• June 21, 2024

Easy to lose track

 Easy to lose track

The EU Commission said yesterday that the EU’s traceability system for tobacco products contains multiple safeguards, including independence requirements that ensure the system is controlled by member states and is independent of the tobacco industry.

The Commission was replying to questions posed by a French member of the EU Parliament who had claimed that the Commission’s tobacco-products tracking-and-tracing acts did not take into account the entry into force of the World Health Organization’s ‘Protocol to Eliminate Illicit Trade in Tobacco Products’.

In a preamble to two written questions, Michèle Rivasi said that parallel trade in tobacco resulted in increased smoking, particularly among adolescents, who were more sensitive to prices, and an annual tax loss for EU member states estimated at between €15 billion and €20 billion.

‘The World Health Organization (WHO) considers that the best way to put an end to this phenomenon is to apply its Protocol “to Eliminate Illicit Trade in Tobacco Products,” which was drawn up in 2012 and entered into force on 25 September 2018,’ she wrote.

‘To date, there are 48 parties to this international treaty, including the European Union, which ratified the WHO Protocol on 24 June 2016, following the vote of the European Parliament on 9 June 2016.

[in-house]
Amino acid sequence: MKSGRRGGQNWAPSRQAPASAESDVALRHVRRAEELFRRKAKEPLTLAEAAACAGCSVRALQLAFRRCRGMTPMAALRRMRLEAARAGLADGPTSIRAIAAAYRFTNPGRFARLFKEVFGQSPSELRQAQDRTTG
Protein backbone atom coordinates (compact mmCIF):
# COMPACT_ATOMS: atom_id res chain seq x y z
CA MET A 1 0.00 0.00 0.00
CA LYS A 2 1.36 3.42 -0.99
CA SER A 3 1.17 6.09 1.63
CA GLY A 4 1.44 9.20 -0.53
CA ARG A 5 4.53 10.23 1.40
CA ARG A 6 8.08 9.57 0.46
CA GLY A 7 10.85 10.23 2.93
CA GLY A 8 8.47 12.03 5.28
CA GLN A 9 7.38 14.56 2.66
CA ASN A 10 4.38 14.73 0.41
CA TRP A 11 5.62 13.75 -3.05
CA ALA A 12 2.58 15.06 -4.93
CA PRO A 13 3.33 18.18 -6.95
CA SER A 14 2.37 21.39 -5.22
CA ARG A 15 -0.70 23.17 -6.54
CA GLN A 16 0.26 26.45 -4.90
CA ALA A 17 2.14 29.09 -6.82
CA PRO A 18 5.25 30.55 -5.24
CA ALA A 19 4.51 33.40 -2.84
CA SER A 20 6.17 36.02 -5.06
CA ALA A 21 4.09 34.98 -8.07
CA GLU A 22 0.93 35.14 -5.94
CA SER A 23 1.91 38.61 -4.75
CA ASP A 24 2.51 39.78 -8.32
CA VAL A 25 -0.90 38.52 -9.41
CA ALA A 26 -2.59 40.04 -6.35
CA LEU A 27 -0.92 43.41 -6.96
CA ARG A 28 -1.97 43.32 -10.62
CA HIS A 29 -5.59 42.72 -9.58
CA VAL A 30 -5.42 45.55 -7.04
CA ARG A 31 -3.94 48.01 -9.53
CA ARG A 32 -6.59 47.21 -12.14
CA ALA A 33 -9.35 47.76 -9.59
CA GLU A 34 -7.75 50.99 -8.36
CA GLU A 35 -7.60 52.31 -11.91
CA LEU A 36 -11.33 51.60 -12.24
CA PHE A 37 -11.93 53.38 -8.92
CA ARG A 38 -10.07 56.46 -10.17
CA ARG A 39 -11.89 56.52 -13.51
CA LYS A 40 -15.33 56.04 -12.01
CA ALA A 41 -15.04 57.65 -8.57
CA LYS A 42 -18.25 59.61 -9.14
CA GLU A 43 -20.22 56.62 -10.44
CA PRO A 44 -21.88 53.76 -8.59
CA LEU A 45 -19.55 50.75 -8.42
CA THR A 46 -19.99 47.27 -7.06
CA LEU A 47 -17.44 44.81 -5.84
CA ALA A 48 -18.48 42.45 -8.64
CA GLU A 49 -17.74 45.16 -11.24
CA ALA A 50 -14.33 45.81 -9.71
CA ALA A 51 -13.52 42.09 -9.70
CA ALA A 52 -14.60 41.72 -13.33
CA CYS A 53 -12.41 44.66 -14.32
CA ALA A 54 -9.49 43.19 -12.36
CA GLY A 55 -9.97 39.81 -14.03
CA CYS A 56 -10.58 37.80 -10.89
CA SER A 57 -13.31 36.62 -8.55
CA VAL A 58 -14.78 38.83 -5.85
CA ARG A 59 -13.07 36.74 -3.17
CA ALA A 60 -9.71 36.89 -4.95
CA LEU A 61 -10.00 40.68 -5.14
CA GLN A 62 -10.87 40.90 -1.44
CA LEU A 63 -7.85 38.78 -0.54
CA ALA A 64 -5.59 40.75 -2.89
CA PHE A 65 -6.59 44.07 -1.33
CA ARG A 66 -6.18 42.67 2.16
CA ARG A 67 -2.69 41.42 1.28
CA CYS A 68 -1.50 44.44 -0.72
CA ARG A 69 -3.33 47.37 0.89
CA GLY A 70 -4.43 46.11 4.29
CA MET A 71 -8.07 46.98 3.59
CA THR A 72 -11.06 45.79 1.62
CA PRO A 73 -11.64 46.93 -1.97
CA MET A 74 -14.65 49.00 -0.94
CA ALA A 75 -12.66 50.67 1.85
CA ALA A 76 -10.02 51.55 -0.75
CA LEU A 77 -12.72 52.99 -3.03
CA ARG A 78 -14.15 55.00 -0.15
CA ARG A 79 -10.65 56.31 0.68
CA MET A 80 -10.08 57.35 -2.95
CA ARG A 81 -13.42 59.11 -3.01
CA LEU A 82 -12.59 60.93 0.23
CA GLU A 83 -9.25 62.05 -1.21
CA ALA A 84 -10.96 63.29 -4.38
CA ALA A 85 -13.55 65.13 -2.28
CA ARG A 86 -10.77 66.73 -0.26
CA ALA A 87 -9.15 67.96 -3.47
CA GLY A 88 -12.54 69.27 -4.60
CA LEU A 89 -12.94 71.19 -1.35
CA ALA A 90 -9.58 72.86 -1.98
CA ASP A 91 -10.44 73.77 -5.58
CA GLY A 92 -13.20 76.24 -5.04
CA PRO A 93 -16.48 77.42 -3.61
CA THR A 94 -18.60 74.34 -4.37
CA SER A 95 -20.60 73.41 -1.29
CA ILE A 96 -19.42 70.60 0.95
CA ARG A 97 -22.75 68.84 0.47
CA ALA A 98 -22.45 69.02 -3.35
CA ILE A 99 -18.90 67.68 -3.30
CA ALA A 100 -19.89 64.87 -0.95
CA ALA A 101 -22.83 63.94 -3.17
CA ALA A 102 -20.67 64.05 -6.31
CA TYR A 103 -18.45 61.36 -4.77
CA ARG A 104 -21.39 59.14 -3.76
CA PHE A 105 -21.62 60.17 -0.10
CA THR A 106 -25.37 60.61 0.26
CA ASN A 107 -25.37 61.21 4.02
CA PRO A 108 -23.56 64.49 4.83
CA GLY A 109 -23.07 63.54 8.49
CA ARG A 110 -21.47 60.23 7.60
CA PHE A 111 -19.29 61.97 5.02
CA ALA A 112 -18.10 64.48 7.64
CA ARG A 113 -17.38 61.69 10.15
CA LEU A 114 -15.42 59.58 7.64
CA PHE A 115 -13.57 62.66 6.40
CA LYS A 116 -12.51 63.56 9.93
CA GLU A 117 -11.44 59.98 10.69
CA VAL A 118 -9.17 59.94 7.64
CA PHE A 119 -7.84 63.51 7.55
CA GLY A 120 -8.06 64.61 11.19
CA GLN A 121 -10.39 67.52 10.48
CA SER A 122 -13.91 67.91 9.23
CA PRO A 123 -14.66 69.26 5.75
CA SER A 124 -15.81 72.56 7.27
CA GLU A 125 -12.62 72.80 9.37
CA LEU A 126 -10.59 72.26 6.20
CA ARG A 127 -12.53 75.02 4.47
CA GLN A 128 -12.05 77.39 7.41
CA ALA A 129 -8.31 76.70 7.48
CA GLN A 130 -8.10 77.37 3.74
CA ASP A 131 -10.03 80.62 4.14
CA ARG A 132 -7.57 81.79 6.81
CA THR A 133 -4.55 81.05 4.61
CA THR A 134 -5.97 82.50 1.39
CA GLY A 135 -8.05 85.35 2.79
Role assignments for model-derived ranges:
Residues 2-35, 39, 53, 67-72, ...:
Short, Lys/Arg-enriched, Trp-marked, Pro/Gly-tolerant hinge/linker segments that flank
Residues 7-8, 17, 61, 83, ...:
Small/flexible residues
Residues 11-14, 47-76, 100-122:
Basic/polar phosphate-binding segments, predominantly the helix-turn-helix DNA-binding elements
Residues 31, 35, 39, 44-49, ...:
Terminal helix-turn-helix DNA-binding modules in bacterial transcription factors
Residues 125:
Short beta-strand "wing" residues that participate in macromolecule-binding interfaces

‘Article 8 of the Protocol requires, in particular, that a tracking and tracing system be set up for tobacco products which is strictly independent of tobacco manufacturers, who are suspected of fuelling parallel trade.

‘At the beginning of 2018, the implementing and delegated acts on the traceability of tobacco products adopted by the European Commission entrusted several essential traceability-related tasks to cigarette manufacturers themselves.’

Rivasi then asked:

  1. ‘Why do the Commission’s acts not take into account the entry into force of the WHO Protocol?
  2. When will the Commission revise them?’

In reply, the Commission said that the traceability system for tobacco products contained multiple safeguards, including independence requirements that ensured that the system was controlled by the authorities of the member states and that it remained independent from the tobacco industry. ‘To that extent, Article 15 of Directive 2014/40/EU (on tobacco traceability), along with the relevant implementing and delegated legislation, is fully in line with the World Health Organization Framework Convention on Tobacco Control’s Protocol (notably Article 8), it said.

‘Article 35(9) of Commission Implementing Regulation (EU) 2018/574 provides that the procedures governing the appointment of service providers and the monitoring of their compliance with the independence criteria set out in the secondary legislation will undergo a periodic review by the Commission. Conclusions of that review will form part of the report on the application of Directive 2014/40/EU provided for under Article 28 of that Directive. Following the publication of the report, the Commission may, if deemed necessary, table a proposal for amending respective legislation.’